From Crisis to Wholeness

Perhaps you have suffered a crisis in your life recently that has left your heart broken, or maybe your life feels like it’s in ruins for some other reason, such as severe illness, grief, job loss, bankruptcy, etc.

Or maybe you just feel empty inside?

I would call something like this a Personal Crisis.

The fact is that you can find yourself in a personal crisis anytime and that dealing with such a situation is never going to be easy, that’s why it’s called a crisis. And when you get through it, you will tell your friends that you survived.

In the meantime, however, maybe:

  • You feel numb or simply stunned, but you continue with your daily routines like a robot.
  • You feel trapped and despairing with nobody you can to turn to for help.
  • The future looks dark and bleak.

This is the moment when many people reach for alcohol (or other drugs) or embark on crazy adventures or try out other self-harm methods to “de-stress”.

Be Positive

But wait… every personal crisis is a life experience that you can learn from and you don’t need to simply blot out the memory.

“The only whole heart is a broken one.”

– Menachem Mendel, religious scholar

I love this quote because it provides the key to finding some meaning in your crisis and some hope and benefits from a way forward in recovery. What it says is that in order to be a whole, fulfilled person you actually have to have faced major crises in your life and lost!

But Mendel is not the only person to say this, Rahm Emanuel, Former Mayor of Chicago said,

“You should never let a serious crisis go to waste. And what I mean by that it’s an opportunity to do things you think you could never do before.”

And Martha Beck, American Author said,

“I really do think that any deep crisis is an opportunity to make your life extraordinary in some way.”

Each of these successful people says that even a crisis that even almost breaks you is the start of a path back to wholeness. Failure is a result that you can learn from. There will be hope and motivation after your crisis.

And this ultimately leads you back to yourself and who you really are as a person. Before the crisis, you were almost certainly off-centre and you then need to get back on track. As the eminent scientist, David Bohm went on further to say,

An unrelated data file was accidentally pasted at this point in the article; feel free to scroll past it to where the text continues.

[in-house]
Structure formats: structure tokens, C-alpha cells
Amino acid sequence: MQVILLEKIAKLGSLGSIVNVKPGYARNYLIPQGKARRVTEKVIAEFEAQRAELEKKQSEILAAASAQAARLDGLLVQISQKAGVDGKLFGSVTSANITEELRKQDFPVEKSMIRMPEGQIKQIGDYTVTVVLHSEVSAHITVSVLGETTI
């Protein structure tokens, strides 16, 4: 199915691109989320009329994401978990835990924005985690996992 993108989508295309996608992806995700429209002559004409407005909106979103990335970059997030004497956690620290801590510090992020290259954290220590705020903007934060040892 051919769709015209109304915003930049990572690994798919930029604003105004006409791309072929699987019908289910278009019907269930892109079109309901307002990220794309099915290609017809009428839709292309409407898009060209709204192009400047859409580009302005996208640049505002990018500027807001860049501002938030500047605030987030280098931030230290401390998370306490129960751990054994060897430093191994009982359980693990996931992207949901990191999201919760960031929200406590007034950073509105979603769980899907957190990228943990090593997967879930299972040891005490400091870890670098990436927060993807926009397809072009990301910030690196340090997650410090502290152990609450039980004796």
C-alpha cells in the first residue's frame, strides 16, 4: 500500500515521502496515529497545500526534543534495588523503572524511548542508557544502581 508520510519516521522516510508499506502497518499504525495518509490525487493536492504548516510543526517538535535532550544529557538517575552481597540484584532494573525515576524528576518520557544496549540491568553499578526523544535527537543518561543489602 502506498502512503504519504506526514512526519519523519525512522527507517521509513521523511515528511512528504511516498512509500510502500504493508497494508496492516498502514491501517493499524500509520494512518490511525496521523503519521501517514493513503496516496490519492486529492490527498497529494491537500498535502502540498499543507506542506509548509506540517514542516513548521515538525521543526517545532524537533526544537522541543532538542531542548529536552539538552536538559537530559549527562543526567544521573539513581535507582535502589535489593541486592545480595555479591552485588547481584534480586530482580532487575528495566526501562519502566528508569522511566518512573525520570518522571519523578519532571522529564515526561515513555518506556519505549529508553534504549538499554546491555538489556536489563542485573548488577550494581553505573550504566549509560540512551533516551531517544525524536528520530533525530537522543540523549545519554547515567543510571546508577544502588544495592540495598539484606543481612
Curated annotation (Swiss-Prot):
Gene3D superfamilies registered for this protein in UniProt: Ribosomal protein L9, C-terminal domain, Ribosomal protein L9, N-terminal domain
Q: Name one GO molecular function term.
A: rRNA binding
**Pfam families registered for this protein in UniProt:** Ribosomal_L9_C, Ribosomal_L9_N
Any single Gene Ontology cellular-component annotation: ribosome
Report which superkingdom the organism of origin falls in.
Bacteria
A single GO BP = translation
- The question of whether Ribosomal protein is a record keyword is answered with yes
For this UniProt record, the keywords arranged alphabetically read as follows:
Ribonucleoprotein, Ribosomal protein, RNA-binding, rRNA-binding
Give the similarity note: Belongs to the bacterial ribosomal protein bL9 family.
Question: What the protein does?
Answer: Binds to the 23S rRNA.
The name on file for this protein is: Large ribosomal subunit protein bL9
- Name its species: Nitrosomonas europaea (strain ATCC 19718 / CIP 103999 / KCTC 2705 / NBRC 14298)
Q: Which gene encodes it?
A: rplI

“Individuality is only possible if it unfolds from wholeness.”

A Suggested Approach

Firstly, in the event of a crisis you need to:

  • Stay calm, because it’s rarely as bad as you think it is
  • Be prepared to make some tough decisions based on what is important to you
  • Consider facing up to some of your fears and seek the real causes of your stresses
  • Pay attention to your feelings, but don’t dwell on them
  • Be kinder to yourself and stop being quite so judgmental
  • Come up with some actions you can take to improve your situation, even today

What you really want to do is to get on with your life in the certain knowledge that you are on the right path and that you really are succeeding in building your life up step-by-step.

You want to know you are truly that special person you feel you are.

You don’t want to miss out on any more of your life simply because you are too busy doing something else.

You want your family and friends to appreciate and admire you for who you have become.

If you are interested in overcoming your personal crisis then take a look at my Crisis Program right now.

Follow-up Tools

An emotional personal crisis is usually the culmination of a sequence of events that is seemingly beyond your control. But your world is probably less created by reason and more the result of the powerful energies in your psyche that drive your emotions, your impulses, and your behaviour.

The root of an emotional crisis is really from conflicts in your subconscious mind.

So first you need to deal with the immediate crisis to achieve some sort of stability then you need to follow that up with some methods to get to the real heart of your problems so we can turn that crisis into an opportunity for growth.

Tools that I have personally used include dream interpretation, active imagination, focusing, meditation, mindfulness, archetypal images, etc…

In particular, I have found that dream interpretation is a good entrance into what is going on inside my own mind.

Indeed, the psychologist Sigmund Freud said dreams are “the royal road” to our inner selves and the psychotherapist Carl Jung said dreams are “trapdoors into our unconscious minds”.

To find out more about dreams see Live Your Dream

Personal Quest

Again, for me the follow up after a crisis went beyond the immediate tactical solutions and became my path of wisdom to find wholeness. I call this my Personal Quest and it’s about achieving wholeness, fulfilment, meaning and personal congruence and integration.

I would say that in fact, it is impossible to be on a Personal Quest unless you have faced personal crises, for without them you would never have the motivation and drive to keep going.

Discomfort arising from a crisis is a great motivator.

Just as the Quest for the Holy Grail back in medieval times came about as a result of social pressures that made life almost intolerable for many people, so your crisis can help you to achieve something special in your life too.

As Anne M. Mulcahy, Former CEO Xerox Corporation said,

“When you have that window of opportunity called a crisis, move as quickly as you can, get as much done as you can. There’s a momentum for change that’s very compelling.”

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